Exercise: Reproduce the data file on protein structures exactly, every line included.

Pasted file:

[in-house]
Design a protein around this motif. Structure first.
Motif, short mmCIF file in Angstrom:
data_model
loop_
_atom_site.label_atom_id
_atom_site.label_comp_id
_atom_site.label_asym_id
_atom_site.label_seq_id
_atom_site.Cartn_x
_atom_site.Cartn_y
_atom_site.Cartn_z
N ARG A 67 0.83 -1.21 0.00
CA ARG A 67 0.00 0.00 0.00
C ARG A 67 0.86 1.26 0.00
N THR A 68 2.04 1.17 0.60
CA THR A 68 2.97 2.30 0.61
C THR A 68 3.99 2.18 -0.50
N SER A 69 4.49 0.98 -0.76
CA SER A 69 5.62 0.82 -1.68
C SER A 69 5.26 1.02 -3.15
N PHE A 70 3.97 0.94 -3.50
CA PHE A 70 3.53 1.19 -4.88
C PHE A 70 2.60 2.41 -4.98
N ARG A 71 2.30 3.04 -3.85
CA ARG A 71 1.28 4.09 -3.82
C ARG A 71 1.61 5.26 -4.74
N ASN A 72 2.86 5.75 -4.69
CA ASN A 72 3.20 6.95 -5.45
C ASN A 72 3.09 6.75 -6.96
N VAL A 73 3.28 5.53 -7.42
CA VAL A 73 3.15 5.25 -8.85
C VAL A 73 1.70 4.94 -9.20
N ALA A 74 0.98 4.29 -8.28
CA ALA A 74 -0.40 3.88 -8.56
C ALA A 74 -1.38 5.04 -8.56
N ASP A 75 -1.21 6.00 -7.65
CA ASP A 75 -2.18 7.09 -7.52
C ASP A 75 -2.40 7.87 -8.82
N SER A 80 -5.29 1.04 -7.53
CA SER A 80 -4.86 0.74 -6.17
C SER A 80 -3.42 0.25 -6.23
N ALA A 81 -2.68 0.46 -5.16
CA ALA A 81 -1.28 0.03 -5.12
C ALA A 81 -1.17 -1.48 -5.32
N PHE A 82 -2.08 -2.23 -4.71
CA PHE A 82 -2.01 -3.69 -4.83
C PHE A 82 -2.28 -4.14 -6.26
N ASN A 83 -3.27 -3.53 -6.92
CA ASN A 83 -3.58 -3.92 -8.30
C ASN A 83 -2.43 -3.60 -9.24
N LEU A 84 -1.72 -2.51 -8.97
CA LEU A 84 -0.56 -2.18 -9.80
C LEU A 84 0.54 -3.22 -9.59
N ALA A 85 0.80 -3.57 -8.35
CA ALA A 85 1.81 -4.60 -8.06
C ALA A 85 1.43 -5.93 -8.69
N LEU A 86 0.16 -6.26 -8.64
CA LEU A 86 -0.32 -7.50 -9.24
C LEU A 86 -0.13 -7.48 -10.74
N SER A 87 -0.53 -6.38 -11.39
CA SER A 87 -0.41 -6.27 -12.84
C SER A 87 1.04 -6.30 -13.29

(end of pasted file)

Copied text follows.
[in-house]
Design a protein around this motif. Structure first.
Motif, short mmCIF file in Angstrom:
data_model
loop_
_atom_site.label_atom_id
_atom_site.label_comp_id
_atom_site.label_asym_id
_atom_site.label_seq_id
_atom_site.Cartn_x
_atom_site.Cartn_y
_atom_site.Cartn_z
N ARG A 67 0.83 -1.21 0.00
CA ARG A 67 0.00 0.00 0.00
C ARG A 67 0.86 1.26 0.00
N THR A 68 2.04 1.17 0.60
CA THR A 68 2.97 2.30 0.61
C THR A 68 3.99 2.18 -0.50
N SER A 69 4.49 0.98 -0.76
CA SER A 69 5.62 0.82 -1.68
C SER A 69 5.26 1.02 -3.15
N PHE A 70 3.97 0.94 -3.50
CA PHE A 70 3.53 1.19 -4.88
C PHE A 70 2.60 2.41 -4.98
N ARG A 71 2.30 3.04 -3.85
CA ARG A 71 1.28 4.09 -3.82
C ARG A 71 1.61 5.26 -4.74
N ASN A 72 2.86 5.75 -4.69
CA ASN A 72 3.20 6.95 -5.45
C ASN A 72 3.09 6.75 -6.96
N VAL A 73 3.28 5.53 -7.42
CA VAL A 73 3.15 5.25 -8.85
C VAL A 73 1.70 4.94 -9.20
N ALA A 74 0.98 4.29 -8.28
CA ALA A 74 -0.40 3.88 -8.56
C ALA A 74 -1.38 5.04 -8.56
N ASP A 75 -1.21 6.00 -7.65
CA ASP A 75 -2.18 7.09 -7.52
C ASP A 75 -2.40 7.87 -8.82
N SER A 80 -5.29 1.04 -7.53
CA SER A 80 -4.86 0.74 -6.17
C SER A 80 -3.42 0.25 -6.23
N ALA A 81 -2.68 0.46 -5.16
CA ALA A 81 -1.28 0.03 -5.12
C ALA A 81 -1.17 -1.48 -5.32
N PHE A 82 -2.08 -2.23 -4.71
CA PHE A 82 -2.01 -3.69 -4.83
C PHE A 82 -2.28 -4.14 -6.26
N ASN A 83 -3.27 -3.53 -6.92
CA ASN A 83 -3.58 -3.92 -8.30
C ASN A 83 -2.43 -3.60 -9.24
N LEU A 84 -1.72 -2.51 -8.97
CA LEU A 84 -0.56 -2.18 -9.80
C LEU A 84 0.54 -3.22 -9.59
N ALA A 85 0.80 -3.57 -8.35
CA ALA A 85 1.81 -4.60 -8.06
C ALA A 85 1.43 -5.93 -8.69
N LEU A 86 0.16 -6.26 -8.64
CA LEU A 86 -0.32 -7.50 -9.24
C LEU A 86 -0.13 -7.48 -10.74
N SER A 87 -0.53 -6.38 -11.39
CA SER A 87 -0.41 -6.27 -12.84
C SER A 87 1.04 -6.30 -13.29